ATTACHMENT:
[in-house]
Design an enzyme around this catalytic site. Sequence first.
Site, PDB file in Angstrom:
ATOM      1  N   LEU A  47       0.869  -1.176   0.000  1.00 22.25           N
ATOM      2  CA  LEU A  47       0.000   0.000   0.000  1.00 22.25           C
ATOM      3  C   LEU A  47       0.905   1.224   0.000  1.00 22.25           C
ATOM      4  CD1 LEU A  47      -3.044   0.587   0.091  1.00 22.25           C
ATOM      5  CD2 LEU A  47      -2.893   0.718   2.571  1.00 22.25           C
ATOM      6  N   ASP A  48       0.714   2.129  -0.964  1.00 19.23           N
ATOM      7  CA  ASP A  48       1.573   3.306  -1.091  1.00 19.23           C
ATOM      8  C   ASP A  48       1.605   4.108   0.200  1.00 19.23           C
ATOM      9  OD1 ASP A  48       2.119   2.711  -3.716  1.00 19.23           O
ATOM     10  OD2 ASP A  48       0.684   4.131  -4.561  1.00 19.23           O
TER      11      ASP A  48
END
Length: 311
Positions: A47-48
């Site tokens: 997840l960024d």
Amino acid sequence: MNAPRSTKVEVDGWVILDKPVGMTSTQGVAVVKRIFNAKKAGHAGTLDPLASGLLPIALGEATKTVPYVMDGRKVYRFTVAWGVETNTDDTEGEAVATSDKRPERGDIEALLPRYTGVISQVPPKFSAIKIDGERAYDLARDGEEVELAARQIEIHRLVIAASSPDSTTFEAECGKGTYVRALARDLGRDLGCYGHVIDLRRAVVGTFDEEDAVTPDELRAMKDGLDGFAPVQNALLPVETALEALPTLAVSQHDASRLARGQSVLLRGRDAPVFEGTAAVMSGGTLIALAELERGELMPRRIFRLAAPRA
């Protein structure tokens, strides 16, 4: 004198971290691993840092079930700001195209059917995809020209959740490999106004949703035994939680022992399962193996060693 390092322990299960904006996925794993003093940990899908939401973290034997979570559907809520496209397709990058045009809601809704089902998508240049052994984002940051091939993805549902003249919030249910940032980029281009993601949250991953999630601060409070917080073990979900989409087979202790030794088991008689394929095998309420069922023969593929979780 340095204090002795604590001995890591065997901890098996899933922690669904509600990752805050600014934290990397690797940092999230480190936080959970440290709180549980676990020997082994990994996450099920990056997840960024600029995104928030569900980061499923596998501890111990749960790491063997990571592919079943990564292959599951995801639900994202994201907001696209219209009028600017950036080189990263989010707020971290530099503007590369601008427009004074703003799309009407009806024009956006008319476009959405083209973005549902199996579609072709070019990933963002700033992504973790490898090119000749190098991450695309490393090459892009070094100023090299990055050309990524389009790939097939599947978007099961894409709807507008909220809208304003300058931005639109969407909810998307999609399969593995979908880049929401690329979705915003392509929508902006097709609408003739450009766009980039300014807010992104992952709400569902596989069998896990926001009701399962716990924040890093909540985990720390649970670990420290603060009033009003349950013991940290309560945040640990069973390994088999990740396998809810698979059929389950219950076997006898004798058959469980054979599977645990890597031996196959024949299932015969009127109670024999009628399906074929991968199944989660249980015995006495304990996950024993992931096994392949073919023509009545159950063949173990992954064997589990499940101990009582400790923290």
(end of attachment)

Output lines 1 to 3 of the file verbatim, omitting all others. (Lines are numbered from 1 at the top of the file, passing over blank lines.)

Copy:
[in-house]
Design an enzyme around this catalytic site. Sequence first.
Site, PDB file in Angstrom: